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  • Lauren Fraser, CHBC

The Right Professional for the Job

Updated: Jan 13, 2021

What's the difference between a horse trainer, a riding instructor, and a horse behavior consultant? While it sounds like the start of a really bad joke, it’s a great question to ask! Let’s look at what each profession does.

Horse trainers teach horses new and wanted behaviors.

Using a range of different training methods, horse trainers teach horses to consistently respond to set cues by performing desired behaviors. These behaviors can range from the simple to the complex – such as lowering the head for haltering, learning to accept a rider, perform sliding stops, jump cross country at Rolex, or perform the perfect passage. Just like other equine professionals, many horse trainers specialize in different aspects of horse training, such as colt starting, or training for specific sports or disciplines.

Good horse trainers have excellent timing, progressively shape desired behaviors, and set training situations up so that the horse can easily do what is desired. Good horse trainers – whether they are aware of it or not – use reinforcement to increase desired behaviors. They also avoid the use of punishment, which says 'No' to unwanted behaviors. Punishment can decrease a horse's desire to learn, as well as damage the trust between horse and human. It should be avoided in training.

In Canada, there is no certifying organization or licencing body governing horse trainers. Anyone can work as a horse trainer, without having to prove their skills or knowledge through a testing process. In light of this, when choosing a horse trainer take some time to interview them, and ask to observe them training a horse. Avoid trainers who subscribe to outdated training techniques based on dominance and punishment, or those who use tack or gadgets to speed your horse through training. Also avoid basing your decision solely on what trainers can achieve with horses. One of the saddest facts about horses is that they can learn through methods that are fair and kind, or methods that are harsh and punitive; either way, horses will still win shows and wow the crowds. Results and achievements are no guarantee that a horse was not subjected to harsh training.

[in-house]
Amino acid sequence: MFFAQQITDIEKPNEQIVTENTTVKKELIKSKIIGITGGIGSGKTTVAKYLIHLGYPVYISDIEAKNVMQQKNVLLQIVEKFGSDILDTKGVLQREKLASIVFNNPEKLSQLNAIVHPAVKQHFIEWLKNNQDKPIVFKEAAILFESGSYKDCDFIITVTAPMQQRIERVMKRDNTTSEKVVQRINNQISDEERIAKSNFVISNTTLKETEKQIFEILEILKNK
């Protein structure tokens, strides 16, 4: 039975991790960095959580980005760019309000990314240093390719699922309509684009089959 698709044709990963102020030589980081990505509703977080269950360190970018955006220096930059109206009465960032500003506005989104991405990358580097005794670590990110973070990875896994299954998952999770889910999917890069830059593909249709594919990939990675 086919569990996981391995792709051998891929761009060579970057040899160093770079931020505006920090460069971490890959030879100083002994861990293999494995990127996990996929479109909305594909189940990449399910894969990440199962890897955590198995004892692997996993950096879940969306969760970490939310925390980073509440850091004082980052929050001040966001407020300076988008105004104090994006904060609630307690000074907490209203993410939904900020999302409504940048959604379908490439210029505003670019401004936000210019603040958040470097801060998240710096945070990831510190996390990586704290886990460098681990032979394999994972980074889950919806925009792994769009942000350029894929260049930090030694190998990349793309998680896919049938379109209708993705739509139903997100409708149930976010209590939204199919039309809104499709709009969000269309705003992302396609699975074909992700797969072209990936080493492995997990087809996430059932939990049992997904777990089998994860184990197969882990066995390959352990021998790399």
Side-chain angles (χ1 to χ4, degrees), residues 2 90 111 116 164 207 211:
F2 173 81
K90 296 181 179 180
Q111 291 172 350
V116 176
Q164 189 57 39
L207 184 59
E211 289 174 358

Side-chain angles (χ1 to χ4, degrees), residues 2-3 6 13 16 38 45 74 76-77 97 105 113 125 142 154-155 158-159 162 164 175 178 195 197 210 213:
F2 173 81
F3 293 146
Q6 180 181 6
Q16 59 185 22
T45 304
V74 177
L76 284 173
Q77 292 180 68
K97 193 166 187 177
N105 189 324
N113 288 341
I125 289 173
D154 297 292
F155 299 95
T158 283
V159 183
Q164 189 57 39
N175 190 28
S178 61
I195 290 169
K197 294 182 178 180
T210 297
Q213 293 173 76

If you don’t have the knowledge to train your own horse, you can still help your horse during the training process: by educating yourself on the science behind how horses learn. Such knowledge can help you make good choices when choosing an appropriate trainer.

Riding instructors and coaches teach people how to ride, and/or compete in a specific discipline

Riding instructors and coaches teach people how to ride, or coach them to excel in a specific discipline or horse sport. In Canada, while certification is not required to work as an instructor, there are two voluntary certifying bodies for riding instructors and coaches: Equine Canada (EC), and the Certified Horsemanship Association (CHA). Both organizations require that prospective instructors demonstrate hands-on teaching skills, as well as pass oral or written exams based on riding, horse management, and instructing knowledge. Certification with either EC or the CHA does offer owners some reassurance that an instructor will have had to demonstrate a set level of knowledge before achieving certification. Having said that, there are many good instructors who aren’t certified. Interviewing potential instructors and observing a lesson may help you make the best decision for you and your horse.

In addition to having excellent teaching skills, observational skills, and a basic understanding of human psychology, good instructors should also understand the basics of horse training, and have an in-depth knowledge of the sport or discipline they are instructing for. While not a hard and fast rule, in general, dressage instructors may likely have difficulty coaching their students over trail obstacles, while mounted trail instructors may have difficulty teaching piaffe. One is not better than the other – they have both just focused to specialize their knowledge in very different areas.

Horse behavior consultants and behaviorists help horse owners stop or change existing unwanted behaviors

The profession of horse behavior consultant is relatively new in North America. While other species – such as dogs– have had behavior consultants practicing worldwide for much longer, the horse world is just starting to catch up. Horse behavior consultants help owners understand and resolve unwanted behavior problems, while enhancing the overall well-being of the horse and strengthening the bond between horse and human.